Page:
“the very centre of the all encompassing political, social, military and religious activities of Mohammed and his followers as they set out-and continue to set out-to conquer the world for Allah and Islam.”
An extremist female Douglas Murray then.
In her question to Vidino, Cox links Hisba with Sharia courts and gender discrimination. In subsequent following up pertaining to “Sharia courts”, Cox remarks that,
“But the reality is [that] in these communities there is [the] enormous pressure to which you referred to stay within the confines of the community norms and enormous intimidation if anyone wants to go out of those communities and seek the law of the land, particularly for those very vulnerable women. So the pressures are enormous and the situation really is one of gross, shall I say, tolerance of gender discrimination which should not be allowed in this country, so it’s a huge disruption and something we do need to address.”
Cox’s inherited bias comes to the fore through her reference to “these” communities being under her unsubstantiated claims of “enormous pressure”. Of course, the “gender discrimination” which leaves women hanging in marriage limbo within the Orthodox Jewish community completely escapes her.
The notorious Muslim-hater and extremist, Douglas Murray, who wants to make it difficult for Muslims (no Islamist distinction here) to live in Europe, also posed a question and linked the concept of hisba with broader associations. Giving the example of Maajid Nawaz and the backlash against the offensive image he tweeted, Murray ties the concept of hisba with “Sharia compliance” of the Western media, as it refused to portray the image of the Prophet Muhammad (may peace be upon). Vidino in agreeing with him states, “I agree with you on a personnel (sic) level that I think it’s silly and embarrassing from a Western perspective”.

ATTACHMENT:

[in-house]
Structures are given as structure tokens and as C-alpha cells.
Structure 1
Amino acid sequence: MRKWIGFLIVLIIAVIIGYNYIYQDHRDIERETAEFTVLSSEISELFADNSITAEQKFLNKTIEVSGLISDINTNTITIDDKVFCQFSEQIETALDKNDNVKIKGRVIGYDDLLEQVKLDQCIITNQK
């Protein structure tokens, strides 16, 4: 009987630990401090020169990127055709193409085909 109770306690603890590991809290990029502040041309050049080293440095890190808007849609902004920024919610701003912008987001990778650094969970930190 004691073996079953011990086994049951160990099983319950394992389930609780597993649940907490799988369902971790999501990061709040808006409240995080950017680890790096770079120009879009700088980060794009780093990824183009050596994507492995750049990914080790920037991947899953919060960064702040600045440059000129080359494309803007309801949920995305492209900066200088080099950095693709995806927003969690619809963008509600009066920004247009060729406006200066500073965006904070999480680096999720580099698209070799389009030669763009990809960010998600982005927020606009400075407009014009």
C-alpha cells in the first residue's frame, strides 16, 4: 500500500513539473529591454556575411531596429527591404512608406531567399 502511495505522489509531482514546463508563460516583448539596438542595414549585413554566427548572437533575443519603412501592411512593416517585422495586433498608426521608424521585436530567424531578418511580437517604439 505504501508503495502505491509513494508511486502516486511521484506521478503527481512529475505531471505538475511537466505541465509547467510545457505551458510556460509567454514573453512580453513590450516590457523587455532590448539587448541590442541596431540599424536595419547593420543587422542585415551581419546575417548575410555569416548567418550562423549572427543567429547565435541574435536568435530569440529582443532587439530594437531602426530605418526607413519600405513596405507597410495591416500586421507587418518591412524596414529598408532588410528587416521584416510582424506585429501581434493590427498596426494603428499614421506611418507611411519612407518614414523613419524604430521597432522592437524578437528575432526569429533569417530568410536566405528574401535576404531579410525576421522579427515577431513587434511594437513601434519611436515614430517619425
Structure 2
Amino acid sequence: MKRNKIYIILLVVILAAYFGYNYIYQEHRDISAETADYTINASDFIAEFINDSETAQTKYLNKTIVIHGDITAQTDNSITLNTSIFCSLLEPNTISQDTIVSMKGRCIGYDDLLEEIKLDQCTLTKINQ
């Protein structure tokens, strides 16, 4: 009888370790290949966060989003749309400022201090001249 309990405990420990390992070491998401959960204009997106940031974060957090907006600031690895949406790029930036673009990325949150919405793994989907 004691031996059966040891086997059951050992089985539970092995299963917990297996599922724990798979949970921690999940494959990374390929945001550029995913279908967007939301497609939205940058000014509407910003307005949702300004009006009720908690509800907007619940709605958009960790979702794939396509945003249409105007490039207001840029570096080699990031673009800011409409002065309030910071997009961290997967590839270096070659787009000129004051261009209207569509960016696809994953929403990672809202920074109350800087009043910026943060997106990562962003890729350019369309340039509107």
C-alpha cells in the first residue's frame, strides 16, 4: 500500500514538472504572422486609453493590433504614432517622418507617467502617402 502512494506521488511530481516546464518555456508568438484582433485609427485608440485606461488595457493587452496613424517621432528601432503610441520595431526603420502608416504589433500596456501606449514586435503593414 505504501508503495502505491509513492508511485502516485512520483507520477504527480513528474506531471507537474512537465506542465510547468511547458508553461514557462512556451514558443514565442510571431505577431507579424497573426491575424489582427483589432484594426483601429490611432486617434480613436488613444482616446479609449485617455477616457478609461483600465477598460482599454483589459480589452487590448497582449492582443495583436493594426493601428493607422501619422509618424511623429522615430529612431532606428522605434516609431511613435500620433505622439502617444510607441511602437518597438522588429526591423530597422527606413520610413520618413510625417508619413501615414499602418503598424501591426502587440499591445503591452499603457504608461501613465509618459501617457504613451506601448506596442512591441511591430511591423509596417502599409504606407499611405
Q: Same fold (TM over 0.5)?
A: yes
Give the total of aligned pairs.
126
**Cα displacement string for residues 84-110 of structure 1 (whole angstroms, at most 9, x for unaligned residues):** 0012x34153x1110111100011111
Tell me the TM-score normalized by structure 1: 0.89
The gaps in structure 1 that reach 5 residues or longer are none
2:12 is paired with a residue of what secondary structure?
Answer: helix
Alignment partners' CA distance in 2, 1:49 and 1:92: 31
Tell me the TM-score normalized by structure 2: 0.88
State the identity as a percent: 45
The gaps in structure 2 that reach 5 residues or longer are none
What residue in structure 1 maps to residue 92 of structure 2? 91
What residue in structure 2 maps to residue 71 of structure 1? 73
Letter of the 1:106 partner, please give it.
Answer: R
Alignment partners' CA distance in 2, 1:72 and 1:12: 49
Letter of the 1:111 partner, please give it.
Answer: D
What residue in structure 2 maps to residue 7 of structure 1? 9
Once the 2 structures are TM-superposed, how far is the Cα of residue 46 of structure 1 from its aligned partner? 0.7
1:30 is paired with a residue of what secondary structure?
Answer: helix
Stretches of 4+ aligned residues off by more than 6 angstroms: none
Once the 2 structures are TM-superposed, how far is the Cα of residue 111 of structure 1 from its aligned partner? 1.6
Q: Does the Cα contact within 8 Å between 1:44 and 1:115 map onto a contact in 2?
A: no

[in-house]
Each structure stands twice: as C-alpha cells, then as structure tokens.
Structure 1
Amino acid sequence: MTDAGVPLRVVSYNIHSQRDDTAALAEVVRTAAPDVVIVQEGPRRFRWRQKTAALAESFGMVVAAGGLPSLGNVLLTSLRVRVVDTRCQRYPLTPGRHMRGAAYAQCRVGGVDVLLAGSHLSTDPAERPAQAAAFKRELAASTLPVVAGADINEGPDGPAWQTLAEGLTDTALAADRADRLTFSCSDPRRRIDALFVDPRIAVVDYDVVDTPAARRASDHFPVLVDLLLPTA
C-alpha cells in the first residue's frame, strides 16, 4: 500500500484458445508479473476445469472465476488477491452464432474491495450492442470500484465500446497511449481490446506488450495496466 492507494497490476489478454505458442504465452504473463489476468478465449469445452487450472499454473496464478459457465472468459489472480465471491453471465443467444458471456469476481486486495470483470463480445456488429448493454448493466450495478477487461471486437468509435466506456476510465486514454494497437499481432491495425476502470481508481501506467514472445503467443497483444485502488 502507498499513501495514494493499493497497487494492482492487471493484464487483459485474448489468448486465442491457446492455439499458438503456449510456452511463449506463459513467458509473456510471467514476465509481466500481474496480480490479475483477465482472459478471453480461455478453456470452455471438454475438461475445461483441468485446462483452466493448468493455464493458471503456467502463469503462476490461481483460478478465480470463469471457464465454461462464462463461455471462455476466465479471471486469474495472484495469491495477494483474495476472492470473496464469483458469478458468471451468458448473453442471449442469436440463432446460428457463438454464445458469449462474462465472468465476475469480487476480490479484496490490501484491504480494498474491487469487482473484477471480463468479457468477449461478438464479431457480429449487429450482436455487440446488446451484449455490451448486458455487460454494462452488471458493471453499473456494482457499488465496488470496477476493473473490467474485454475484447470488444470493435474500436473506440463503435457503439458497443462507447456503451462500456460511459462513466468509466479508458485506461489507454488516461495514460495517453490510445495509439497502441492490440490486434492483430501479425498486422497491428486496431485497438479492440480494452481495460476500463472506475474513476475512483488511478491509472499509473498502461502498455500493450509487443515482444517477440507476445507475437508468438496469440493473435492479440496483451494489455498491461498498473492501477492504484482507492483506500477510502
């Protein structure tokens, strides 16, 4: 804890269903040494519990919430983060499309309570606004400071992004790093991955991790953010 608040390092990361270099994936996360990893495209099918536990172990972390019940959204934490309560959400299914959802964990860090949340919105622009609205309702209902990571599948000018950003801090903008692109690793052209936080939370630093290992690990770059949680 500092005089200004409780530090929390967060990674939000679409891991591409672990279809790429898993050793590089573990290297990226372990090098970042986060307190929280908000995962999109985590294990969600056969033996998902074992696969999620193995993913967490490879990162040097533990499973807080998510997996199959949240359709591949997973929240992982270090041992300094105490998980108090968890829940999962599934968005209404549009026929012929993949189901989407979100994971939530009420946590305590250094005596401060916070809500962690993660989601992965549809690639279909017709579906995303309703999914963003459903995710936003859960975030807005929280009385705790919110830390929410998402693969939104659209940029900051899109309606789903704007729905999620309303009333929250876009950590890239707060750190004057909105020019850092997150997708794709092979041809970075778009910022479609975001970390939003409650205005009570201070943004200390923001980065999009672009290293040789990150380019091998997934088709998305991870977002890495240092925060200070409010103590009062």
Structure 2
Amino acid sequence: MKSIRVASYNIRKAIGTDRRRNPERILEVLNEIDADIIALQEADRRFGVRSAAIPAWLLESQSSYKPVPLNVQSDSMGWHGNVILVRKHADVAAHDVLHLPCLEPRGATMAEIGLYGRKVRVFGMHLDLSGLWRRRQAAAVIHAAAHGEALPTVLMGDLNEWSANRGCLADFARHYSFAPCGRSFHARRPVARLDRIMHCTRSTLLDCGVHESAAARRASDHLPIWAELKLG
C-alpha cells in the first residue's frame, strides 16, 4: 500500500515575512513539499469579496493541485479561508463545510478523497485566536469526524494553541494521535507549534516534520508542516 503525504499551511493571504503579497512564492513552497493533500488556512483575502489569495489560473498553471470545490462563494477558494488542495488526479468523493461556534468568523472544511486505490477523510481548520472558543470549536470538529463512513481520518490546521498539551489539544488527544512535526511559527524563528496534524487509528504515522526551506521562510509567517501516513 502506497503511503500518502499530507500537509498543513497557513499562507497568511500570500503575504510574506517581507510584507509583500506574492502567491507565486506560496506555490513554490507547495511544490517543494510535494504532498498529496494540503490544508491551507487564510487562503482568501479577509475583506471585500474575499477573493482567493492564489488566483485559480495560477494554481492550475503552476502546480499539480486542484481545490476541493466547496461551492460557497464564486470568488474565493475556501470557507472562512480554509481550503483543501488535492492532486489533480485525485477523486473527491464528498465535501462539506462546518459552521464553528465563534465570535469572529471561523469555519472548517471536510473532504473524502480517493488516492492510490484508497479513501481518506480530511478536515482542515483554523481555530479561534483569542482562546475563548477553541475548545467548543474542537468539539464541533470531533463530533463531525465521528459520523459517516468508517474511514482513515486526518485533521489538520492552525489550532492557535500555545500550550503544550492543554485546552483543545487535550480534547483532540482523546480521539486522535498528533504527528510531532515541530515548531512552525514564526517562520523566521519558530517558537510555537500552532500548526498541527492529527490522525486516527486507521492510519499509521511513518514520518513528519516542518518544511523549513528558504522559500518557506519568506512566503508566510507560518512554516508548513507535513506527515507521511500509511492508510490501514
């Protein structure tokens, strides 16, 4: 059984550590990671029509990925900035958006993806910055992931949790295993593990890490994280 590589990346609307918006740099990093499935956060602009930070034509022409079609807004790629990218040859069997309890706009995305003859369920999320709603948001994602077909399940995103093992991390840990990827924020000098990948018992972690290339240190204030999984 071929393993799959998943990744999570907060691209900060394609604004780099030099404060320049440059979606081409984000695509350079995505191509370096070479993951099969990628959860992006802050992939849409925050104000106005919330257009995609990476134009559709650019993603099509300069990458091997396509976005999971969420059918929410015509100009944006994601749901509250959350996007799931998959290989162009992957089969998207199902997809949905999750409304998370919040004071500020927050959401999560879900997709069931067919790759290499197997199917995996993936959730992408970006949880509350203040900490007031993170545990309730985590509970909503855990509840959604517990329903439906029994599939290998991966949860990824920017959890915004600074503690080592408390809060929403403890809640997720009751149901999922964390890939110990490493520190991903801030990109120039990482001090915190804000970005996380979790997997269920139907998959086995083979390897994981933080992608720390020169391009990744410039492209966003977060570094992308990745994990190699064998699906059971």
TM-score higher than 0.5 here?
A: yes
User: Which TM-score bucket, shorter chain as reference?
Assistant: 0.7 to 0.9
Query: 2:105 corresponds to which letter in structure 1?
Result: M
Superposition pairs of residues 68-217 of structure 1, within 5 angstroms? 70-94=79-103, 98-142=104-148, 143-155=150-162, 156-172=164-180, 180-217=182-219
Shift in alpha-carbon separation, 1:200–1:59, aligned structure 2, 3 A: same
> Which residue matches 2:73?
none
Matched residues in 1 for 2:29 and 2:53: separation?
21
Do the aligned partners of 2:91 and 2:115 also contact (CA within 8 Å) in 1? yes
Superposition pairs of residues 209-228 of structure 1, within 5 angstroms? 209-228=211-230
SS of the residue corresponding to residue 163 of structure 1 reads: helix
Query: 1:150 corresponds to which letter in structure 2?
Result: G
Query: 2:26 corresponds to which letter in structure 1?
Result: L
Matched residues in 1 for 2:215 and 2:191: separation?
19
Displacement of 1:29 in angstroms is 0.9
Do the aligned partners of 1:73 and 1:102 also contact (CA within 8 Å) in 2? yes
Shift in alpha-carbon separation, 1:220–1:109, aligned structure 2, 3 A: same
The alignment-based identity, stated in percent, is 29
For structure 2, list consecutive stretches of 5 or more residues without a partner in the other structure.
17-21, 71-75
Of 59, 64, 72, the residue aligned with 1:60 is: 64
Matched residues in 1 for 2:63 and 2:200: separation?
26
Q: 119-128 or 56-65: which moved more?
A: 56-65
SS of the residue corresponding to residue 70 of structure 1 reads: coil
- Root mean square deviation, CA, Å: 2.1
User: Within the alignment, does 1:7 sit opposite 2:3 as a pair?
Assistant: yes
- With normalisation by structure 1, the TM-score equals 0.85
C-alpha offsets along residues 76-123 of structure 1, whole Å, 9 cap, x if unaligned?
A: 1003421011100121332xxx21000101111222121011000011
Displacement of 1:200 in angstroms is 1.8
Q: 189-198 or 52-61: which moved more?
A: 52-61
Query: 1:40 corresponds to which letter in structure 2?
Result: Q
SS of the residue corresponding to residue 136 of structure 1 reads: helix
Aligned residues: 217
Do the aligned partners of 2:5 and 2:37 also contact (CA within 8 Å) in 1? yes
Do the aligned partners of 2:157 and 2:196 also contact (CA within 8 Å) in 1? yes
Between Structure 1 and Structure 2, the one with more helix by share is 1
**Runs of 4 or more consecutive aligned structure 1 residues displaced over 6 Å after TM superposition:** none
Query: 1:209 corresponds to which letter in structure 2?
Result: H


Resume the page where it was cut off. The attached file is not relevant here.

The discourse of hisba will thus impact a wide variety of neocon-driven issues.
Setting the Framework and the Impact on Da’wah
It is interesting to note that in Vidino’s paper on this topic, in the section on theology, cites an Orientalist book which goes through the various positions on hisba from the perspective of varying schools of thought and theology. However, the author of that book frames the discussion from a different point of view. His opening Preface gives an example of a woman being raped in public to the inactivity of the bystanders. Through the discussion he notes that the intervention in such a case and the “rescue” of the individual was a concept he had not come across until his research into Islam. Referring to amr and nahy, he writes,